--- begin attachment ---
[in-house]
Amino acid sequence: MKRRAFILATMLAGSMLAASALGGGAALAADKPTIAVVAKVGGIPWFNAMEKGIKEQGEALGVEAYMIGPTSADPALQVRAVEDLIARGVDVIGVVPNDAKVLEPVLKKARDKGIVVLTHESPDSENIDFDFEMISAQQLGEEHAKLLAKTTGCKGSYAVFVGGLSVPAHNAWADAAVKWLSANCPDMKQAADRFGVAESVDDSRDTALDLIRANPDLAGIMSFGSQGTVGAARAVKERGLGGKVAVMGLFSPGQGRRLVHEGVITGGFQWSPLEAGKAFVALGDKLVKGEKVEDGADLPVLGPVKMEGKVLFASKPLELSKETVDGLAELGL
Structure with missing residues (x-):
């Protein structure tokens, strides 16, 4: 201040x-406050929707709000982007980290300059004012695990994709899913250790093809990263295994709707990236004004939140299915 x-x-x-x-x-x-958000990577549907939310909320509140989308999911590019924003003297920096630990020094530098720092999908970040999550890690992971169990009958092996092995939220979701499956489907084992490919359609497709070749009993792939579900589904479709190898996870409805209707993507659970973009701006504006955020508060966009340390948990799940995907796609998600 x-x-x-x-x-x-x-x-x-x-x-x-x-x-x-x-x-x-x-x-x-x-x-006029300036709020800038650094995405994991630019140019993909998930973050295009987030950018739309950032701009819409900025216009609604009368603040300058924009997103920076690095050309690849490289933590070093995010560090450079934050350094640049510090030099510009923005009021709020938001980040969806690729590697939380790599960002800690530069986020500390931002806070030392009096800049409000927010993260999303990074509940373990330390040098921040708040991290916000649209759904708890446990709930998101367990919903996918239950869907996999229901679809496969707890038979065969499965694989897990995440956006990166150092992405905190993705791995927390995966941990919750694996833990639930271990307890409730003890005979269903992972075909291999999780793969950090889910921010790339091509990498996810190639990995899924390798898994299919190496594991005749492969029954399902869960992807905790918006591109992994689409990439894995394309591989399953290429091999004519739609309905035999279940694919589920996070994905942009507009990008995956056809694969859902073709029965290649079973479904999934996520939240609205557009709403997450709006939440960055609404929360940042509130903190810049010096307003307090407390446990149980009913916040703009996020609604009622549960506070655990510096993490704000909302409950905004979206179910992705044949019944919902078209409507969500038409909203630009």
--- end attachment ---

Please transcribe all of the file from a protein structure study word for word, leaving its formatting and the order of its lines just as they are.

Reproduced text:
[in-house]
Amino acid sequence: MKRRAFILATMLAGSMLAASALGGGAALAADKPTIAVVAKVGGIPWFNAMEKGIKEQGEALGVEAYMIGPTSADPALQVRAVEDLIARGVDVIGVVPNDAKVLEPVLKKARDKGIVVLTHESPDSENIDFDFEMISAQQLGEEHAKLLAKTTGCKGSYAVFVGGLSVPAHNAWADAAVKWLSANCPDMKQAADRFGVAESVDDSRDTALDLIRANPDLAGIMSFGSQGTVGAARAVKERGLGGKVAVMGLFSPGQGRRLVHEGVITGGFQWSPLEAGKAFVALGDKLVKGEKVEDGADLPVLGPVKMEGKVLFASKPLELSKETVDGLAELGL
Structure with missing residues (x-):
């Protein structure tokens, strides 16, 4: 201040x-406050929707709000982007980290300059004012695990994709899913250790093809990263295994709707990236004004939140299915 x-x-x-x-x-x-958000990577549907939310909320509140989308999911590019924003003297920096630990020094530098720092999908970040999550890690992971169990009958092996092995939220979701499956489907084992490919359609497709070749009993792939579900589904479709190898996870409805209707993507659970973009701006504006955020508060966009340390948990799940995907796609998600 x-x-x-x-x-x-x-x-x-x-x-x-x-x-x-x-x-x-x-x-x-x-x-006029300036709020800038650094995405994991630019140019993909998930973050295009987030950018739309950032701009819409900025216009609604009368603040300058924009997103920076690095050309690849490289933590070093995010560090450079934050350094640049510090030099510009923005009021709020938001980040969806690729590697939380790599960002800690530069986020500390931002806070030392009096800049409000927010993260999303990074509940373990330390040098921040708040991290916000649209759904708890446990709930998101367990919903996918239950869907996999229901679809496969707890038979065969499965694989897990995440956006990166150092992405905190993705791995927390995966941990919750694996833990639930271990307890409730003890005979269903992972075909291999999780793969950090889910921010790339091509990498996810190639990995899924390798898994299919190496594991005749492969029954399902869960992807905790918006591109992994689409990439894995394309591989399953290429091999004519739609309905035999279940694919589920996070994905942009507009990008995956056809694969859902073709029965290649079973479904999934996520939240609205557009709403997450709006939440960055609404929360940042509130903190810049010096307003307090407390446990149980009913916040703009996020609604009622549960506070655990510096993490704000909302409950905004979206179910992705044949019944919902078209409507969500038409909203630009």